Your entire body is covered in skin cells, but they’re not all alive. Many have served their purpose and have been replaced by healthy cells. However, not all the dead skin cells readily leave your body, nor do they simply dissipate into the ether. Instead, they often stay on top of your skin like tiny rotting corpses. These pointless, lifeless cells can cause heaps of problems, too: They can clog pores and create calluses. They can lead to hair loss, breakouts, grimy feet, and more. That’s why it’s important to scrub them away, on every part of your body.
Exfoliating your body of old cells is the key to letting the lively ones underneath come to surface and shine, giving you healthier skin overall. You give your hair follicles more room to breath, you keep your pores clear, your body smooth, and your complexion youthful and bright. But the exfoliation process is different depending on the body part. You can't bring a pumice stone to your face. And you'll want something heftier than a gritty scrub to take care of your feet. To help you sort out what works, we put together a guide for keeping your body’s biggest organ (that’s your skin) free of dead weight.
How to exfoliate your face
Obviously you’ve got to be gentle on your face. Not only is this the most sensitive skin on your body, but it’s also your face. And you don’t want to go to work or show up at a tailgate with minced-meat for a mug.
That being said, some products for the face work more aggressively than other body parts. They can come as chemical exfoliants, not just physical scrubs. But that’s because they’ve been carefully engineered, tested, and approved to work with the chemistry of your skin, to dissolve dead skin cells, unclog pores, and brighten your complexion.
If you’re interested in a chemical buffer, try a leave-on exfoliating serum, like Glytone’s, which comes in varying grades depending on the severity you want to boost cellular regeneration. Their 5.5 and 11 options offer mid- and high-level options, respectively. (Honestly, the 11 isn’t so severe in my opinion. It shouldn’t burn or anything, unless you’ve recently had salty tears rolling down your face and drying in the hot sun. No? Then you’re fine—but you might feel a tingle to know that it’s working.)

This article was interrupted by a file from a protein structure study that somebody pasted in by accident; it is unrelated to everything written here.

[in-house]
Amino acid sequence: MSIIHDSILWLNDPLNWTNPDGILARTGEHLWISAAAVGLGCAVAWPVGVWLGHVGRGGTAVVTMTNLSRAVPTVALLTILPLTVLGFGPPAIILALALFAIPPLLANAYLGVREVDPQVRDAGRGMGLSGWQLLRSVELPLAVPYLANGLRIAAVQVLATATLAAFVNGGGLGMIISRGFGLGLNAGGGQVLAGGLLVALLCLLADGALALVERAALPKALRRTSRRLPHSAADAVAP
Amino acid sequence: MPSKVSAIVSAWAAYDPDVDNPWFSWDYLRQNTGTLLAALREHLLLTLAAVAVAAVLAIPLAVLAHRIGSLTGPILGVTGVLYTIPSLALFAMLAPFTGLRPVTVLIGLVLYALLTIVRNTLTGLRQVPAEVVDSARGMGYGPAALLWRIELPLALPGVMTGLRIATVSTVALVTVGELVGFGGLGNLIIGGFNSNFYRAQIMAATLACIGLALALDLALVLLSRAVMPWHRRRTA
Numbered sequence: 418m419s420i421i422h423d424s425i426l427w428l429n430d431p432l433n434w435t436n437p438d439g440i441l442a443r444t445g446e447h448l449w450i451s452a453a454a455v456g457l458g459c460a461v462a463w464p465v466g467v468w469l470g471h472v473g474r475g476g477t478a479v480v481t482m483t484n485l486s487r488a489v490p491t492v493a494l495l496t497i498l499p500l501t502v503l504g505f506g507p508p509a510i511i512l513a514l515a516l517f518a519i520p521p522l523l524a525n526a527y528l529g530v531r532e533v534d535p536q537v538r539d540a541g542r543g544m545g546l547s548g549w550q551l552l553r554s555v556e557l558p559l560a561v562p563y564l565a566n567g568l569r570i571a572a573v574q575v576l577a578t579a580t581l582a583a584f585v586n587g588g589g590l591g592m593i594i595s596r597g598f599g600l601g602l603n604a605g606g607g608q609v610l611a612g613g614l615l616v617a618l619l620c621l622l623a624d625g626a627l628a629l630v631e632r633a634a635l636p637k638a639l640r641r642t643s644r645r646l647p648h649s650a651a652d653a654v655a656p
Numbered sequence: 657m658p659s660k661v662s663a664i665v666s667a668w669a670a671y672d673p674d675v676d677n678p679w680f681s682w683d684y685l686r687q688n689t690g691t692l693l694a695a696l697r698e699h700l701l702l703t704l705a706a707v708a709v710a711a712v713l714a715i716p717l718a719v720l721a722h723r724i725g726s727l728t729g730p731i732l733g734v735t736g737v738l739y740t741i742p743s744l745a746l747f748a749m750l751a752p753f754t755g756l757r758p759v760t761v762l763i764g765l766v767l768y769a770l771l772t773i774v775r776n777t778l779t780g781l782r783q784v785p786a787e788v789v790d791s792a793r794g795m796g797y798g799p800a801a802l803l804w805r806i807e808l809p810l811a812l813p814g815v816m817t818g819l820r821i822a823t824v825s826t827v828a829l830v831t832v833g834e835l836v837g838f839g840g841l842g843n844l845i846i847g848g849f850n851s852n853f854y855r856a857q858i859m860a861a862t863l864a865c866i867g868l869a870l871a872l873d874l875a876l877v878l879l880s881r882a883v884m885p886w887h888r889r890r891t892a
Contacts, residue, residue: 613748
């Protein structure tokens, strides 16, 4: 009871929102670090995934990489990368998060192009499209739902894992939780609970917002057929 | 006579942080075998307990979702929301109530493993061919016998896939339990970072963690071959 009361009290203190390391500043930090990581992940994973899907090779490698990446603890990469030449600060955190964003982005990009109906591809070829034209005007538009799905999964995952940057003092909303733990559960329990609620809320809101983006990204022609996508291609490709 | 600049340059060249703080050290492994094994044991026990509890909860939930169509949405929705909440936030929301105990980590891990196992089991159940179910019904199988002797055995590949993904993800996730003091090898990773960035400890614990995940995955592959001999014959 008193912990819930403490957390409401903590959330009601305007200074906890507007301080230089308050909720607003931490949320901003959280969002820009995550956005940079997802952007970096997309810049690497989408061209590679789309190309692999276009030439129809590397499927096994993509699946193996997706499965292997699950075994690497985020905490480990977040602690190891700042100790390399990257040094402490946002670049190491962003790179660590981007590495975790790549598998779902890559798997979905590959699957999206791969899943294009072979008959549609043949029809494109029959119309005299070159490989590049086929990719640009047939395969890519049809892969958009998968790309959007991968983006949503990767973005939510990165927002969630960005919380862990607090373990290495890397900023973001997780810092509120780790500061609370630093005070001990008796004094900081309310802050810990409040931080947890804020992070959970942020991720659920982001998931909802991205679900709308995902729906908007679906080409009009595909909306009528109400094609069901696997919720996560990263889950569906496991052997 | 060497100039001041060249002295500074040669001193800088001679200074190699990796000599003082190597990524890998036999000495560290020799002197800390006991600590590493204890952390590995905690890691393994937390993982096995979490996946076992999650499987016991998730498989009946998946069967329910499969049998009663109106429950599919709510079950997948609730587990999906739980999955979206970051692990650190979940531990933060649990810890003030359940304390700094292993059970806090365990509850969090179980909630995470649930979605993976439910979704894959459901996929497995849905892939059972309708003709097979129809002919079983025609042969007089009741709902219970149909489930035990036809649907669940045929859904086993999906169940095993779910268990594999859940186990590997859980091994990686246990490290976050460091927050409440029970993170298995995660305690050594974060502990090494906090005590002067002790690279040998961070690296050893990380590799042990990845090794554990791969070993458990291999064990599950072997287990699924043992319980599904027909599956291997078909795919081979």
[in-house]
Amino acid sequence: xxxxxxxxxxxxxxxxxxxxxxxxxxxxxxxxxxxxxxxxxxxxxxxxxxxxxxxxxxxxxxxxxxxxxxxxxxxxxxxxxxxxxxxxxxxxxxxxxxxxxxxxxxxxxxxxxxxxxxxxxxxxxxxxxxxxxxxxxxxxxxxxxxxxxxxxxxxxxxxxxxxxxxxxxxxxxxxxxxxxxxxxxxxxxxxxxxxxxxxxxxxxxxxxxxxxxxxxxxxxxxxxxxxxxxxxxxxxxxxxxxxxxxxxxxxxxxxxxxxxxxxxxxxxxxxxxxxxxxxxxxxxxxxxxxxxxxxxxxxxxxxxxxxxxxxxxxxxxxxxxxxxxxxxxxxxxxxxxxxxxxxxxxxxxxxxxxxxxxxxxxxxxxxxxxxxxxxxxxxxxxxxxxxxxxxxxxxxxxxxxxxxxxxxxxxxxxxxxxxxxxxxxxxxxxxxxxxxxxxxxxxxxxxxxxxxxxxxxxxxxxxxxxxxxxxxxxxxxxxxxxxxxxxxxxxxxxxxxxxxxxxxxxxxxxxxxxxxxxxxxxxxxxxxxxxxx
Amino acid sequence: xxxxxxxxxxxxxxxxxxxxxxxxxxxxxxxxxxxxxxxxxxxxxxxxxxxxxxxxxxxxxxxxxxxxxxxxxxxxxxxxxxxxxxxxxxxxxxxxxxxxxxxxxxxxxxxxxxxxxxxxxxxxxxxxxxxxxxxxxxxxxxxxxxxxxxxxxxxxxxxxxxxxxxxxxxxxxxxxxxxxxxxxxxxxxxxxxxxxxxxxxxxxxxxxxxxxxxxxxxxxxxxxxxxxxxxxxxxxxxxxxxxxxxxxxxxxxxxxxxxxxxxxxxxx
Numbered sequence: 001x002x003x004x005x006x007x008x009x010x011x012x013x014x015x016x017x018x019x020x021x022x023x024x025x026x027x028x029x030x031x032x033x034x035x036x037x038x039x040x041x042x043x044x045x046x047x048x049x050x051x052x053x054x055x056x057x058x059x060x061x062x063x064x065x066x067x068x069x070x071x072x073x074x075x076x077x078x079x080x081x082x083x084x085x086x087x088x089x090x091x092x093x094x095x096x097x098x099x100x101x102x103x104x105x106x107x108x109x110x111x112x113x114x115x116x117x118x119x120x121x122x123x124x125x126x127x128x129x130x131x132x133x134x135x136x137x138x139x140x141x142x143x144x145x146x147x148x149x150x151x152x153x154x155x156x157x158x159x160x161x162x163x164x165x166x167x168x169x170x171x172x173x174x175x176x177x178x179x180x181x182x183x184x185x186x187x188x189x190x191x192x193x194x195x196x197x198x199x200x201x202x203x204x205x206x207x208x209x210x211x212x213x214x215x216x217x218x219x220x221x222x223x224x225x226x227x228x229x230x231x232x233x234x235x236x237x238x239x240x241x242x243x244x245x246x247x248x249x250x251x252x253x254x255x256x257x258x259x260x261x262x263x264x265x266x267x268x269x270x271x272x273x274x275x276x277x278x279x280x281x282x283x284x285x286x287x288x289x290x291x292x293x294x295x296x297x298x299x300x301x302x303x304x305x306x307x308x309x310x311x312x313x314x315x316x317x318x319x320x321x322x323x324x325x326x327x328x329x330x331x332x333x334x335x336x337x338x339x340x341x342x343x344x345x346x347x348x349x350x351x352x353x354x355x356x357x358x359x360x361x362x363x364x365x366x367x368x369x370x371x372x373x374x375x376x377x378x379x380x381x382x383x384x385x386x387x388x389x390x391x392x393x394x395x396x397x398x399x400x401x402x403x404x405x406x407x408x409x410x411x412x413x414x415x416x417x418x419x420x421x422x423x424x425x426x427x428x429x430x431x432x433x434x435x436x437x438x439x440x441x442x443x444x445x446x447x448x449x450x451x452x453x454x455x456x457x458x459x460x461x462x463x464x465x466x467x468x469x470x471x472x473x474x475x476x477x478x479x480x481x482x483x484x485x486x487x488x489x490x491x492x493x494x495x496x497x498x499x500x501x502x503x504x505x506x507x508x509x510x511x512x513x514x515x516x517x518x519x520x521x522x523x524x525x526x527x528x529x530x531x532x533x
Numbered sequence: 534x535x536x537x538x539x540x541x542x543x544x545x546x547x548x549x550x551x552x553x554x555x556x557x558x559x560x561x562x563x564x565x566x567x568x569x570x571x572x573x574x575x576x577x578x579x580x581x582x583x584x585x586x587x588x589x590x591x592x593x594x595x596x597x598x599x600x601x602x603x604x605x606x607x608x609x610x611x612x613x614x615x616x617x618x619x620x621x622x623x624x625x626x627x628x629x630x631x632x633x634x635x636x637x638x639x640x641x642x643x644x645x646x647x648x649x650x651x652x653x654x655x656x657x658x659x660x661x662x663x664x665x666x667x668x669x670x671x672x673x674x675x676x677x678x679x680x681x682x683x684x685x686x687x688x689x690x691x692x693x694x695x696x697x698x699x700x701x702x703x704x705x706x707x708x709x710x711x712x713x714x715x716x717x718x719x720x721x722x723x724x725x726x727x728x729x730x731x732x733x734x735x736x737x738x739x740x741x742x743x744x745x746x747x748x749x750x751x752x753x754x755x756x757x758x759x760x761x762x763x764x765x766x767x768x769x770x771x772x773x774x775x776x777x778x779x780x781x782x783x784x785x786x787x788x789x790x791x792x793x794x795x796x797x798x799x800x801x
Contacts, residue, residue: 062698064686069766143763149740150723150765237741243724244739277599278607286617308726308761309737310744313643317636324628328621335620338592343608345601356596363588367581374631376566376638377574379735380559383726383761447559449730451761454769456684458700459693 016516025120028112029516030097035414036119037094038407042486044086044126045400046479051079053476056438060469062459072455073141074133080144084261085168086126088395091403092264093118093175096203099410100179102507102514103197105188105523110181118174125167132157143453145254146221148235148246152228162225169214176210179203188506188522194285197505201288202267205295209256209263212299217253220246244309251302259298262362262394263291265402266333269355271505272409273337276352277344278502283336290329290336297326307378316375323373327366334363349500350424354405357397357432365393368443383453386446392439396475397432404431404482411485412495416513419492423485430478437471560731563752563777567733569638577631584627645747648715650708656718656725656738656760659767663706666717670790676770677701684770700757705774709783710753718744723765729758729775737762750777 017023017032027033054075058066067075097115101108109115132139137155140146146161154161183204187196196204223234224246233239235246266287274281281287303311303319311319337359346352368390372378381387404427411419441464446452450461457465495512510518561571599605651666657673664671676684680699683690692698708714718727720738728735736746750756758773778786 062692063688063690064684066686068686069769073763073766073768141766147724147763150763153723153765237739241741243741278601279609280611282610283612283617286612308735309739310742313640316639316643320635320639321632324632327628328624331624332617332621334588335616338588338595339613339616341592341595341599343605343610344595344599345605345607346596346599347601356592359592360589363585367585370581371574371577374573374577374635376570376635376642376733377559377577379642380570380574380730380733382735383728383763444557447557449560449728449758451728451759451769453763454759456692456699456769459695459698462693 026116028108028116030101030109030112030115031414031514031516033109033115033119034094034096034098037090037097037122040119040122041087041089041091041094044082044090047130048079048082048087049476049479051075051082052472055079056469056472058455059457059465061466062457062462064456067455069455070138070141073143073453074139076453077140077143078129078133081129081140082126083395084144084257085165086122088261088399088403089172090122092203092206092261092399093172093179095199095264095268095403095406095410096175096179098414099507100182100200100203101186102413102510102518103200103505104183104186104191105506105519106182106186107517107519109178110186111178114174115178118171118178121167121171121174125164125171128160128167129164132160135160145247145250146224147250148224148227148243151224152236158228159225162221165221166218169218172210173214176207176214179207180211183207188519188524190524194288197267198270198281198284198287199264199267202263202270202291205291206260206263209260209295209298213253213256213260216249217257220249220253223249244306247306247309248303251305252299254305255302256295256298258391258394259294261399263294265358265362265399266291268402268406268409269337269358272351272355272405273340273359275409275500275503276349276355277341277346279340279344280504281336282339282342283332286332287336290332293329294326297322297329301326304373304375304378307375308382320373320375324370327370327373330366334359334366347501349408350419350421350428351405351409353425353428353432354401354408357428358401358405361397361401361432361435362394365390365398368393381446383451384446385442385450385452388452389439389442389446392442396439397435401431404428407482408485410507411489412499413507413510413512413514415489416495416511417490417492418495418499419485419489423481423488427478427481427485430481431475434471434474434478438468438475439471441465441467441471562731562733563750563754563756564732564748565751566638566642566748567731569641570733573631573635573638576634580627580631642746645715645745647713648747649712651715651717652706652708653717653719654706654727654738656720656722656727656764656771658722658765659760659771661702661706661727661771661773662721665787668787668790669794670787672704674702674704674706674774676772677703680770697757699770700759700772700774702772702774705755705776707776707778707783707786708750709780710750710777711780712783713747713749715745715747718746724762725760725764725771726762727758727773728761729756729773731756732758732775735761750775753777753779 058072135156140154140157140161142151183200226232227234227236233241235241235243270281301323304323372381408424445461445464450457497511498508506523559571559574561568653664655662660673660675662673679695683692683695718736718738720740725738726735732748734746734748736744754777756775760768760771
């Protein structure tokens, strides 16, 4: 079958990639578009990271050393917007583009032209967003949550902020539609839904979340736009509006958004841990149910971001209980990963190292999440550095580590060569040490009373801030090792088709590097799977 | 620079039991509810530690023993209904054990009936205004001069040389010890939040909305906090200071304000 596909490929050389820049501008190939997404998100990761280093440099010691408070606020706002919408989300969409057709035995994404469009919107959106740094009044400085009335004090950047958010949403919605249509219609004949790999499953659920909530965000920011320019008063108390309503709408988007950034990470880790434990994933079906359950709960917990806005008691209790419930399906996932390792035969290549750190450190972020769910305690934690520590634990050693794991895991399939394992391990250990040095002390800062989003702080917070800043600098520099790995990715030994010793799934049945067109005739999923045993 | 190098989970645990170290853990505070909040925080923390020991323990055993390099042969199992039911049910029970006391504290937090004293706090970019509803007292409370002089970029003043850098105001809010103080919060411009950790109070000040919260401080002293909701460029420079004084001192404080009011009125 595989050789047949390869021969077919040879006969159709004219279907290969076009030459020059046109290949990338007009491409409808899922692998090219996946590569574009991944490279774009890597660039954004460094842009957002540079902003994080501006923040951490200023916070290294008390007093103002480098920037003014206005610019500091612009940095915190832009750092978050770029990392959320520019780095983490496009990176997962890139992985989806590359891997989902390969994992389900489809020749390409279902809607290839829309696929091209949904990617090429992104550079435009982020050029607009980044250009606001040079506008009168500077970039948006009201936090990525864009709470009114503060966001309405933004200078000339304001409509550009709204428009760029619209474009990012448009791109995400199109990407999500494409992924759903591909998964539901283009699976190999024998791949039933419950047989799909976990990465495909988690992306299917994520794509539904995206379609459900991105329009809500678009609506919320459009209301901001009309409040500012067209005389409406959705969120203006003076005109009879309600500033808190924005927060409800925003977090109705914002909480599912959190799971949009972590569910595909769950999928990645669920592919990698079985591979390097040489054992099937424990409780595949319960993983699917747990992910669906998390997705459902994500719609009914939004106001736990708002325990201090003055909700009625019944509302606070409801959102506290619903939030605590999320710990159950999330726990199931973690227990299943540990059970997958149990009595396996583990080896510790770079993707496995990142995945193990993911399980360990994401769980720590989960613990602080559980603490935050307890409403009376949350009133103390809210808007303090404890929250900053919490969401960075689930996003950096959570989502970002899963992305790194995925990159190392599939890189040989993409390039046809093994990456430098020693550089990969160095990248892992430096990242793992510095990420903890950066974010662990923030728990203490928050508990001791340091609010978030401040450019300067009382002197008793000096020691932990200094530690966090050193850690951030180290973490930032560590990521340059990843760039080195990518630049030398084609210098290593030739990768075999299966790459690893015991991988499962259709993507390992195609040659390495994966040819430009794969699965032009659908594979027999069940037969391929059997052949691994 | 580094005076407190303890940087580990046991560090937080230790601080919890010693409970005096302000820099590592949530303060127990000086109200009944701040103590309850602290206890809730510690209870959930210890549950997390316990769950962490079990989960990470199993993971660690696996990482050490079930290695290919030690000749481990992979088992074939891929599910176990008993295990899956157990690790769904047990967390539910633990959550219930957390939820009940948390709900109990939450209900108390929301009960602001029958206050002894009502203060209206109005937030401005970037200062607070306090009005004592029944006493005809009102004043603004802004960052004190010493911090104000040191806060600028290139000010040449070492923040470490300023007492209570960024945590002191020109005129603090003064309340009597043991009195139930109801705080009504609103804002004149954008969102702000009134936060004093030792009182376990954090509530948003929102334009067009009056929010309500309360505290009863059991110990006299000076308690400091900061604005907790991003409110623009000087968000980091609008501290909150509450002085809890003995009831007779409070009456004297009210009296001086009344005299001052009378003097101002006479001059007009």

AHA / BHA toners and serums
Another similar option comes in the form of BHA or AHA toners and serums. (They stand for ‘beta hydroxy acid’ and ‘alpha hydroxy acid’.) Like the serum above, you would apply these before a moisturizer, letter them soak into the skin so that they can work to dissolve dead skin cells and promote cellular turnover. They’re fairly gentle as well, and in many will balance your skin’s pH levels so that it can more naturally reach its optimal youthfulness.
When you go to bed, it’s the best time to work on some chemical exfoliation, since that’s also when your body experiences a spike in cellular turnover. Give it an even bigger boost by applying AHA or BHA products in tandem with a retinol-packed night cream. (Apply the serums or toners first, or else you can blend two creams if they have equal densities. Or, get a product with both retinol and AHA/BHA, like the Ole Henriksen night cream below.) If you keep on this regimen for the long term, you’ll notice significant brightness and firmness in the skin, and a decrease in hyperpigmentation, dark spots, and even acne. Retinol is good for that, but you need 90 days or more to notice its effects, and you need to stay on it to keep enjoying the benefits. Talk to your dermatologist about a prescription-grade one, if necessary, or else get a lower-grade retinol, contained in a direct-to-consumer night cream.
Then, of course, is the physical scrub, with tiny, gritty micro-exfoliants. You’ll use this 2-3 times a week while showering, after cleansing and followed with a moisturizer. It’s important to be gentle with your scrub, since this is where you can really overdo it and leave the skin reddened and irritated. But fear not, most scrubs do their job without much force, and they help lift the otherwise invisible dead layer of skin from atop your face.
Exfoliating before a shave is a really wise choice, too, to lift dead skin that might otherwise clog the razors or get dragged into your freshly opened pores.
As for face exfoliation, everything else should be avoided at home. If you want a peel for example, then visit an esthetician or dermatologist, and have it professionally done. Also, if any of these methods proves too aggressive for your skin, stop immediately and consult with a doctor. It could be that your skin is simply too sensitive, or it might be that you’re using a product in tandem with a prescription or other product that leads to irritation.